Director: Park Hoon-Jung
Cast: Kim Sun-Ho, Kang Tae-Ju, Kim Kang-Woo, Go Ara, Justin John Harvey, Caroline Magbojos
Duration: 118 mins.
By Paul Bramhall
As a director and screenwriter, Park Hoon-jung has become one of Korea’s most consistent commercial directors since his debut with The reckoning in 2010, directing 7 more productions over the next 13 years. The latest of him comes in the form of 2023 The childcoming almost a year away from the release of 2022 The witch: part 2. The other. In my review for his sequel superpowered teens, I had highlighted how some of Hoon-jung’s hallmarks include “a fondness for bloodshed (apparently the messier the better) and an apparent allergy to shorter runtimes.” at 2 hours”. Good with The child only half of that statement rings true, as for the first time since his debut he’s directed a production that runs under 2 hours (it may only be 2 minutes, but it still counts).
The plot of Hoon-jung’s latest film concerns the plight of a half-Korean, half-Filipino amateur boxer. Played by K-drama actor Kang Tae-ju, he lives a hard life in Manila caring for his bedridden mother, while harboring dreams of finding his father in Korea in hopes of giving a better life for both of them. Efforts to locate the father so far through a local agency have proved unsuccessful, so it comes as a surprise to everyone when a delegation from South Korea arrives looking for Tae-ju, revealing that his father does not have long to live and wishes to meet the son he left behind.
It also happens that his father is the president of a wealthy business empire, which soon sees Tae-ju brought to Seoul first class. Unfortunately the luxury cannot be fully enjoyed, as he has to contend with being followed by an enigmatic assassin, played by another K-drama actor in the form of Kim Seon-ho. What Seon-ho’s intentions are is never clear, to both Tae-ju and the audience, with the question of whether he is friend or foe often reaching out to the latter. However Seon-ho turns out to be the least of Tae-ju’s problems once he arrives in Korea, with the introduction of his half-brother (played by Kim Kang-woo- Remembered, The Disappeared) revealing that the reason for his summoning may not be as pure as previously thought.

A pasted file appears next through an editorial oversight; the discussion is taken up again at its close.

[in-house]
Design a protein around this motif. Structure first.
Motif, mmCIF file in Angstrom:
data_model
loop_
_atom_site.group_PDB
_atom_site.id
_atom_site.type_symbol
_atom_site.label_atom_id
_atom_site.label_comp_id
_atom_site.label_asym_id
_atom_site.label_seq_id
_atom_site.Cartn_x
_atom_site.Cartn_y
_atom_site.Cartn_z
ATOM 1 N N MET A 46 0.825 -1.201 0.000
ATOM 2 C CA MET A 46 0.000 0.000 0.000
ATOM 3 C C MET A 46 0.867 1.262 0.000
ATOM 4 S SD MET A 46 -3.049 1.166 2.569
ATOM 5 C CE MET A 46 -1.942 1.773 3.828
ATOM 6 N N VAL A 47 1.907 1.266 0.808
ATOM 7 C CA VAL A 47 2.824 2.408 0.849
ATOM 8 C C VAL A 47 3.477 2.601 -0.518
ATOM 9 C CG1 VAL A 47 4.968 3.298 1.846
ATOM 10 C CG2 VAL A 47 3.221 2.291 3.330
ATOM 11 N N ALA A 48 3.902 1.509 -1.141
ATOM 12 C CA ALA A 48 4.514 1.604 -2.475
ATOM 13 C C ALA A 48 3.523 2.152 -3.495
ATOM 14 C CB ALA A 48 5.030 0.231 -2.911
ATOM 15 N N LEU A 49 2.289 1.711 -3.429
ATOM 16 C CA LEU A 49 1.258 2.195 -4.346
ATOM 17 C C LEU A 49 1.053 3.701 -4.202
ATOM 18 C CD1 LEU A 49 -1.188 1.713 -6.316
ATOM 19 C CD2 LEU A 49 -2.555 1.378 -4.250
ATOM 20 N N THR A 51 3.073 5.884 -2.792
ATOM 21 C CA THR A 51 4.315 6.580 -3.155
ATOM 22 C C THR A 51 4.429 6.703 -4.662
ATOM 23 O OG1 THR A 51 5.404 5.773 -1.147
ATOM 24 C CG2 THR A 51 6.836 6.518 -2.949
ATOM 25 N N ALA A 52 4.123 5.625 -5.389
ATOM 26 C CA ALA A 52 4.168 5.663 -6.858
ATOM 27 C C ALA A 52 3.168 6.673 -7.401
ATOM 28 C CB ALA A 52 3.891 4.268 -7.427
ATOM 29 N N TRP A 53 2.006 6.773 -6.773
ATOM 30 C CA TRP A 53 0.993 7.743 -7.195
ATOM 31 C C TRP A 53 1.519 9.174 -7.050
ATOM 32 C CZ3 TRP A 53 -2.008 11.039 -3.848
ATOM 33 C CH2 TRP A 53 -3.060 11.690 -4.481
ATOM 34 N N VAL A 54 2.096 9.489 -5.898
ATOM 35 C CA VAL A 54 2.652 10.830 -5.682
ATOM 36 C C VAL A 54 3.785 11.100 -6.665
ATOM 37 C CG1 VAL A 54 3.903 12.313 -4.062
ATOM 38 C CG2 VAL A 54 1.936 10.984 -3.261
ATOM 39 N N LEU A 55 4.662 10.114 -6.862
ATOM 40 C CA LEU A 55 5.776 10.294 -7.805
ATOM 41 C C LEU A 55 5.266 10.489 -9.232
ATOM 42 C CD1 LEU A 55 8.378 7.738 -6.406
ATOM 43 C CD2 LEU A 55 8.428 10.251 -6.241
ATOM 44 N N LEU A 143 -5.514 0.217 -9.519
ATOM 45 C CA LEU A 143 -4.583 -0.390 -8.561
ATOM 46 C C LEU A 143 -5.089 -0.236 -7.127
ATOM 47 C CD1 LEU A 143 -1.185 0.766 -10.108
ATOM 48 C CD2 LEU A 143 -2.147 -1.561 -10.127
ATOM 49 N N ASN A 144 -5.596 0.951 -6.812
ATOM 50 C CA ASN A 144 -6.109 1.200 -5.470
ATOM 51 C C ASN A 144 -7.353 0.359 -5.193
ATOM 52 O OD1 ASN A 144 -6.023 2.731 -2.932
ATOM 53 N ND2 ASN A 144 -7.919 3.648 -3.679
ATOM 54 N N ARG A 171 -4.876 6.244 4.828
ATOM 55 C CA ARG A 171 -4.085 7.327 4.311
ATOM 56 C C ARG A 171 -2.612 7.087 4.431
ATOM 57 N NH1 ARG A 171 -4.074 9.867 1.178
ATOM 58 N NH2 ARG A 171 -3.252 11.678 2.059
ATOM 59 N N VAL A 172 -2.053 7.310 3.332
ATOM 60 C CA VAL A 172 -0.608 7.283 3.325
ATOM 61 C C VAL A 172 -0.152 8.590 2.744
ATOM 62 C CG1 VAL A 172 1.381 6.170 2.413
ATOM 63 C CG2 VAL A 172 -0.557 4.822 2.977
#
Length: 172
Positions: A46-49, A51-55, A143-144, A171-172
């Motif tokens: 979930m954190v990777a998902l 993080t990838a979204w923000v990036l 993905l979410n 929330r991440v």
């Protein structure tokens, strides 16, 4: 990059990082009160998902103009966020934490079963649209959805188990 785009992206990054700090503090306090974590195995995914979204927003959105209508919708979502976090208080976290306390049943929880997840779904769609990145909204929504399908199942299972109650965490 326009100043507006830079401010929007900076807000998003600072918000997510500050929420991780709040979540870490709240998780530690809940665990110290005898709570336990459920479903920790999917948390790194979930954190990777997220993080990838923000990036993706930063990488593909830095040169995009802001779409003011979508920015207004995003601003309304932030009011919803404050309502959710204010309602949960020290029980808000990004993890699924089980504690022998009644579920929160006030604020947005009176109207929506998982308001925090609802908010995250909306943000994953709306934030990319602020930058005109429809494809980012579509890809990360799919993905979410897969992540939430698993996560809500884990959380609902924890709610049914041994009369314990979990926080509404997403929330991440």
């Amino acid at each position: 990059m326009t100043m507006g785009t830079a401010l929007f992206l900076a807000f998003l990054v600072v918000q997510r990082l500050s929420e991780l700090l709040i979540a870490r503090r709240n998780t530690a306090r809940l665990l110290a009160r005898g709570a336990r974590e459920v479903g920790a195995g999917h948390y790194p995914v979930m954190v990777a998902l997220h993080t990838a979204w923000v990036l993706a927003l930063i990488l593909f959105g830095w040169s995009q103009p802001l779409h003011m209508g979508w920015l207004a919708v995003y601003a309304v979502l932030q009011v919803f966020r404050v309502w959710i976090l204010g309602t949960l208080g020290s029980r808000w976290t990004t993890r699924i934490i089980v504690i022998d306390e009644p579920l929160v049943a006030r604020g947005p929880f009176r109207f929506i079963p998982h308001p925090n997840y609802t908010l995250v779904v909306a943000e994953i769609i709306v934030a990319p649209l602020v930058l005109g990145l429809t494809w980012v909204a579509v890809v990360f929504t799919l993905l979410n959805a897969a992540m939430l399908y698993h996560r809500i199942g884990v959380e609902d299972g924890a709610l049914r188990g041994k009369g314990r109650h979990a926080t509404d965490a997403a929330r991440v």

The plot is a welcome change from Hoon-jung’s more outspoken gangster films, with stories involving Kopino a rarity in Korean cinema. While technically the term refers to someone of mixed Korean and Filipino ancestry, it is actually more commonly used to refer to half Korean and half Filipino children raised by their single Filipino mother, the result of Korean men visiting the country for both sex and non-sex tourism. using protection. The only other production I can think of that features a Kopino character in a prominent role is Lee Sang-woo’s Tropical Manila from 2008, a typically dark look at the dark side of human nature. With The child while Hoon-jung isn’t as interested in exploring the challenges facing Kopino, he instead uses the character of Tae-ju as a fresh perspective to frame the usual double-crosses and bloodletting that populate his stories.
If you’re a fan of Hoon-jung, then that’s not a bad thing, this being a case of the same wine in a new bottle. From the first few minutes it’s apparent that we’re in familiar territory, as we witness Seon-ho’s killer beat a pair of hapless offenders halfway through with a wrench, leaving them for dead in an abandoned Manila warehouse. While it initially seems like we’re in similar tonal territory to the likes of The new world AND Night in paradise, to his credit Hoon-jung has gone for something a little different here. Which is to say, there’s an absurd comic streak that permeates everything The childand almost everything rests on Seon-ho’s shoulders as the mysterious assassin.